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I Think I’m So Bad

How to Help a Child Feel Worthwhile

We have it all backward. We believe we have to do good things—or at least things that please people—in order to be worthwhile. Wrong. We’re already worthwhile, and when we know that—when we feel loved and then unafraid—good choices just proceed from who we really are.

This is a darling story of a miraculous change in a young man. This is the kind of reward that comes from loving and teaching.


00:07 A mother of 3 learns about unconditional love.

01:13 Eldest son hated himself when he made mistakes and lashed out.

03:08 The mother learns how to love and teach her children.

03:40 Mother intervenes when the son is lashing out at his sister. 05:55 Mother doesn't quit when he refuses to talk to her.

07:25 She heard him, listened, and gave him tenderness and time.

10:50 Life-changing results. 

14:24 Son so relieved and happy.


Feeling Unloved = Not Feeling Worthwhile

I know a woman with three children. Until recently—until taking the Ridiculously Effective Parenting Training—she didn’t know anything about unconditional love, so her children suffered from the lack of training that a good parent needs. 

The worst effects were seen in the oldest child, Ted. The oldest often suffers most, because they’ve lived the most years with the wrong kind of parenting. Ted was 11. When he made mistakes, he tended to feel ashamed, followed by lashing out at himself (I’m so stupid, I can’t do anything) and at others, along with withdrawing and sulking. (Rarely do children—or adults—use one Getting and Protecting Behavior. We use an assortment, in a kind of stew of defensiveness and misery).

All of Mom’s attempts to change Ted’s behavior only made Ted feel more defective and ashamed. Understandable, because

  1. We already have a child who doesn’t feel loved and who doesn’t feel worthwhile.
  2.  He makes a mistake, which confirms his lack of worth and livability.
  3.  Mom points OUT the mistake, which just puts a spotlight on the proof of his worthlessness. 

Making mistakes made him feel ashamed and he lashed out at himself and others.

Feeling Loved = Feeling Worthwhile 

Mom began to learn how to love and teach her children—as we have done throughout the Parenting Training—over a period of many months. It wasn’t easy. 

One evening she wrote to me: “Tonight Ted, 11, was angrily teasing his sister, and he blamed her for all of it. I tried to talk to him about it—he was clearly in the wrong, teasing his sister—but he became impossible to talk to and stomped off to his room.”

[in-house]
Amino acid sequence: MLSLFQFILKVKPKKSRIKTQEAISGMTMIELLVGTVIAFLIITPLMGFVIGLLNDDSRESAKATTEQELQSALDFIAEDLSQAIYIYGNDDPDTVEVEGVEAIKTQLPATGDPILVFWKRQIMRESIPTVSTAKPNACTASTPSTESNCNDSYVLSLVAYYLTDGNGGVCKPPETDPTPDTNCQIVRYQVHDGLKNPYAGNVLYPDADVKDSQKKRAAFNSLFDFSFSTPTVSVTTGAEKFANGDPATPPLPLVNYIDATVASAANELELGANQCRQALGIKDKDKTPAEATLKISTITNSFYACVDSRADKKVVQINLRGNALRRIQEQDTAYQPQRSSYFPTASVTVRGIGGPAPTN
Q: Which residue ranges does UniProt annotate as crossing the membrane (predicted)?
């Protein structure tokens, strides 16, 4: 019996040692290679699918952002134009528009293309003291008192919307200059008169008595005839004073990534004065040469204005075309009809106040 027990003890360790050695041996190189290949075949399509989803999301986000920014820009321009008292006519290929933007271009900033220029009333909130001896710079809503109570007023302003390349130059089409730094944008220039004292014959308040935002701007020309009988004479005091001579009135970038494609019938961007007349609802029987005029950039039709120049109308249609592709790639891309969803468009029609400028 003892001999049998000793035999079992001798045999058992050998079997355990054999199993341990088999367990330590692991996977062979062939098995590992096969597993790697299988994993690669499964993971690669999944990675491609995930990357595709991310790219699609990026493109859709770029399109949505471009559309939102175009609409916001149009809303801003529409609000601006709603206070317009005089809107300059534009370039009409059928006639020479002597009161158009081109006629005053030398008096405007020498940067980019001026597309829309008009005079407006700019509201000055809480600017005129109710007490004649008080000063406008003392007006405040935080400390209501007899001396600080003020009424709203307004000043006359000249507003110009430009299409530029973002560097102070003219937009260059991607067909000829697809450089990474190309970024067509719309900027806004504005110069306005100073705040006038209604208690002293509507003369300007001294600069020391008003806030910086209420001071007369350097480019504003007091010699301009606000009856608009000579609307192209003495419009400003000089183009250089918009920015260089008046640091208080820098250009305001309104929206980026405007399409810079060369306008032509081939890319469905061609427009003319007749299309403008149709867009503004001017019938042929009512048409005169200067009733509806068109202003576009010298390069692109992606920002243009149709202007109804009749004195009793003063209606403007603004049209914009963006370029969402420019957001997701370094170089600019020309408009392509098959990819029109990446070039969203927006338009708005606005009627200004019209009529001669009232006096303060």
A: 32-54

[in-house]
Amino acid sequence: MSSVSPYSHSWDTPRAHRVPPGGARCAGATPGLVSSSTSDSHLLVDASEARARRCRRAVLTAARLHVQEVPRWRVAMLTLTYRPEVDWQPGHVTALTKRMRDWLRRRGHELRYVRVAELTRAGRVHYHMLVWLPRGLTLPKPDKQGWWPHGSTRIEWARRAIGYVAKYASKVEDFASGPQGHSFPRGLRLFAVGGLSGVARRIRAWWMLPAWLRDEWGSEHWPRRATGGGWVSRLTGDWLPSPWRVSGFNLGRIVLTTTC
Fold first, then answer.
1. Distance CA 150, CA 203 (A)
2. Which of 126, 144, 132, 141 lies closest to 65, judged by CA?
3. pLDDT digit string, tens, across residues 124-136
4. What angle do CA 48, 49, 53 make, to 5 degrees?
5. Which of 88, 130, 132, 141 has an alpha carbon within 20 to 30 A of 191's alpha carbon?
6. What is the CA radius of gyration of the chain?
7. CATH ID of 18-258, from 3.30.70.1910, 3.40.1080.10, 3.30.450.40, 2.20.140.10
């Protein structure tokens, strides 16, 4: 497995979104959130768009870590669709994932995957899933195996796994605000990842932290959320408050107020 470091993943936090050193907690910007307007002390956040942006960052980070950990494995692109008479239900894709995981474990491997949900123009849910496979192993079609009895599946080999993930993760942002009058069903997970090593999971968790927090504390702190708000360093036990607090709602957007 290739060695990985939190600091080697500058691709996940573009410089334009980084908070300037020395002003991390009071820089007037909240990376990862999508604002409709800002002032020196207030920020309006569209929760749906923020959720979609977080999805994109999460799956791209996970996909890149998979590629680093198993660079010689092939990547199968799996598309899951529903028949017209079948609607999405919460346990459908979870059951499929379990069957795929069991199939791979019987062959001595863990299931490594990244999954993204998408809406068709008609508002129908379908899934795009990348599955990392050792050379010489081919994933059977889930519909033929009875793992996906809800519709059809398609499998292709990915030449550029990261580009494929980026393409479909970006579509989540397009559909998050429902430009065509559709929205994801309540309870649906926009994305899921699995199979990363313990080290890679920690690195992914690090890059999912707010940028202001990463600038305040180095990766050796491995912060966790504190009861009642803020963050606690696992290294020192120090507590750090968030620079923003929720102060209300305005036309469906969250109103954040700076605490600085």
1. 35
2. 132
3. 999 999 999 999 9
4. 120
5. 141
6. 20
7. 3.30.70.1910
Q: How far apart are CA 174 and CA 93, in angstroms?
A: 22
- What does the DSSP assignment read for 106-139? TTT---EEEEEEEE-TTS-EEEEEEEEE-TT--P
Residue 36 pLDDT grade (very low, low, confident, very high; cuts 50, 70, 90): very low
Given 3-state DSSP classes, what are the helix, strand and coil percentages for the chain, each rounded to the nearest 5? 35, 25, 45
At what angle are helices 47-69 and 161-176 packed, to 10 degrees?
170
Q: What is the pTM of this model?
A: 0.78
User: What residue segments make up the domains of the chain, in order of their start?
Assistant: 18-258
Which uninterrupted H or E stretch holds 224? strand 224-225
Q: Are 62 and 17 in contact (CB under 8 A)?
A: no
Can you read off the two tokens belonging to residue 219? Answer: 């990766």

Remember the five behaviors that we parents must have zero tolerance for? Anger, whining, teasing, lying, and withdrawal. Ted was doing all of them, so Mom did next what was necessary. Not just important. Necessary, like if you’re going to have an engine in a car, having brakes becomes NECESSARY, not just a nice option.

The Effects of LovingAndTeaching

And she did it—what I’m about to describe—with confidence and love. Mom told me that she invited Ted to her room, where she said, “I’d like to talk to you.” He withdrew, after whining more. But Mom knew this was an important moment, so she didn’t stop. This moment is where so much parenting fails. The child defends himself, it’s ugly and unpleasant, so the parents quit trying precisely because they don’t want to deal with the unpleasantness.

Ted said, “I don’t want to talk about it.” “I know,” Mom said as she touched his face. She heard him. She listened and gave him tenderness and time. Mom sat next to Ted on the edge of the bed, with her hand gently on his knee. Didn’t say anything. After some time Ted said that he knew his family cared for him and then he broke down in tears and cried and snuggled with Mom for about 20 minutes. 

Mom said to me, “It has been a while since he has cried and I have never seen him cry like that. We just laid on the bed and he rolled all around as I held him, rubbed his back, and hummed. Not so long ago I would have tried to distract him from his crying and being upset, or I would have helped him break out of it but I just let him cry.”

To Mom: “What a divine experience. You've been patient and loving and guiding. Look at the results. Life-changing. This is real faith—in the truth, in teaching, in loving, and in your child (as opposed to faith in past methods that never worked, faith in controlling, faith in making him behave a certain way). You just touching him as he cried was genius. 

What to Do About Crying

We parents don’t know what to do with crying. We ask questions—stupid ones, like ‘Why are you crying?’—or we try to stop it. Tears are often an outpouring of profound emotion they simply cannot express with words or in any other way. Give them time, and they’ll find the words, as he did, before and after the tears. He expressed that he just often doesn’t feel like he’s a good person, or worthwhile, then gets frustrated, and is ugly to people, then feels even worse. But he doesn’t want to do that. He said he really enjoyed my touching him and being with him a lot more.”

We have it all backward. We believe we have to do good things—or at least things that please people—in order to be worthwhile. Wrong. We’re already worthwhile, and when we know that—when we feel loved and then unafraid—good choices just proceed from who we really are.

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